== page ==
Why The Future Of Satellite Internet Might Be Decided In Rural Alaska

Service in the rural areas of the state is abysmal, which makes it the perfect place to test next-generation satellite internet.

MIT Technology Review has the full story HERE.


Least Connected

This link is to an award-winning article examining the lack of connectivity on an Idaho Indian Reservation. The article reminded me of the struggle people who live in North San Juan have with connectivity. There was a ridge top with some connectivity. Each morning cars gathered on a temporary parking area and with coffee cup in hand passengers downloaded their mail and crafted some replies, collected product orders, and work assignments and then went home. Later in the evening, the same groups of vehicles assembled to repeat the processes, with an additional movie download for the evening entertainment.

While this article is about connective on a Reservation, many other communities across America struggle for some connectivity.

Full Article is HERE.


Presidential Candidate: Klobuchar Touts Broadband For 2020

— Sen. Amy Klobuchar (D-Minn.) last year turned heads in the tech sphere by suggesting Democrats could “run on” and even “win on” wonky-but-important issues like rural broadband on the 2020 campaign trail. On Thursday, she put that theory to the test by unveiling a major infrastructure proposal that seeks to “connect every household to the internet by 2022.” According to a blog post, the “plan will help close the urban-rural divide by creating accurate broadband maps to identify areas that lack adequate access … and provide greater incentives for existing providers to use funds to upgrade their networks to cover unserved and underserved areas.”

Source: POLITICO Morning Tech

From the Amy Klobuchar web site:

Amy is proposing a bold, trillion-dollar plan to rebuild America’s infrastructure, invest in our future, and create millions of good-paying American jobs.

Broadband Infrastructure Proposal:

Connect every household to the internet by 2022. Roughly one in four rural Americans say access to high-speed internet is a major problem. That’s why as President, Amy will connect every household in America to the internet by 2022. Amy’s plan will help close the urban-rural divide by creating accurate broadband maps to identify areas that lack adequate access, focus on bringing high-speed internet infrastructure to areas most in need, and provide greater incentives for existing providers to use funds to upgrade their networks to cover unserved and underserved areas. Broadband creates jobs, opens new economic opportunities, and allows America to compete and succeed in an increasingly digital world.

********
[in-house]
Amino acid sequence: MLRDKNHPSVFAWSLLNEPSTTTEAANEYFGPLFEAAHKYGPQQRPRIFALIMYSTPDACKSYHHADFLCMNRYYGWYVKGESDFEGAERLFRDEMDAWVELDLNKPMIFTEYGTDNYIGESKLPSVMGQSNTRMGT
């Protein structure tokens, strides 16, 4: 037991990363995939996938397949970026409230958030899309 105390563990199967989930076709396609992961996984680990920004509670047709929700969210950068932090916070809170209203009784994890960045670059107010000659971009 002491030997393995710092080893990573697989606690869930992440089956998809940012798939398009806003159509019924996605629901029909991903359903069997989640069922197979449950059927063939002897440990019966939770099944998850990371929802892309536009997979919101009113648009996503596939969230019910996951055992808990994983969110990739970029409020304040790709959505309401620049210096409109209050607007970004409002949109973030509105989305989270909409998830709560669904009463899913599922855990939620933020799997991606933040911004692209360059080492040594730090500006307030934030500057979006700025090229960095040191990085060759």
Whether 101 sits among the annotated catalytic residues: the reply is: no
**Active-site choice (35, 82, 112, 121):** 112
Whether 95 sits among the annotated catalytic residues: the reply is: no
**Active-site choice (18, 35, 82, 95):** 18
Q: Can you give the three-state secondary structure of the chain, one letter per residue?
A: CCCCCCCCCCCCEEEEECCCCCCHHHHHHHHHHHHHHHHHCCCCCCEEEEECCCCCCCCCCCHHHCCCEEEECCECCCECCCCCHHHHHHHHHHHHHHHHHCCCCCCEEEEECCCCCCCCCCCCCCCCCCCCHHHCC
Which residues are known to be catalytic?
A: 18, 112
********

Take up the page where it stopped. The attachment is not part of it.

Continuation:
I would like to have more information on the How. Throwing money at the problem has not solved it yet.


OneWeb CEO Adrian Steckel On Big Tech’s Space Race

OneWeb CEO Adrian Steckel joins “Squawk Alley” to discuss the company’s ability to secure its largest funding to date, and its first successful satellite launch.

The video is HERE.

Some high points, the satellites cost one million each. Airbus is currently building one a day, with a goal of two a day by end of the year.  The service will start when then satellites 650 are in orbit.  First customer targets are airlines, cruise ships, and marine transportation fleets.  Also, significant targets are schools around the world, with government sponsorship.  Over time the service cost will be reduced for standalone users.  Watch the video for all the details.

Added comment:

Starting around October, OneWeb expects to launch 30 or so more satellites every month as it looks to build a constellation of 650 satellites in low Earth orbit.

At that launch rate, it will take 22 months to reach 650 birds in orbit, assuming no failed launches and fully operational satellites.  Services could start in the summer of 2021.

If I were on the school board of a rural school with poor broadband,  I would be budgeting and writing grants for a OneWeb terminal for my school. Be prepared for the start of the 2021 school year, with a OneWeb Terminal using WiFi broadband distribution.

OneWeb Terminal

SpaceX Starlink Progress Report

SpaceX Starlink spacecraft design continues to evolve according to a 13 March letter to the FCC, responding to questions on the Constellation architecture. The initial fleet of 75 Starlink spacecraft will include iron components including hall thrusters and reaction wheels which could survive reentry.

According to the attached letter:

  • The new spacecraft design is 100% consumable during atmospheric reentry.
  • Spacecraft will initially be launched to ~350km for orbital checkout prior to rising to its operational altitude.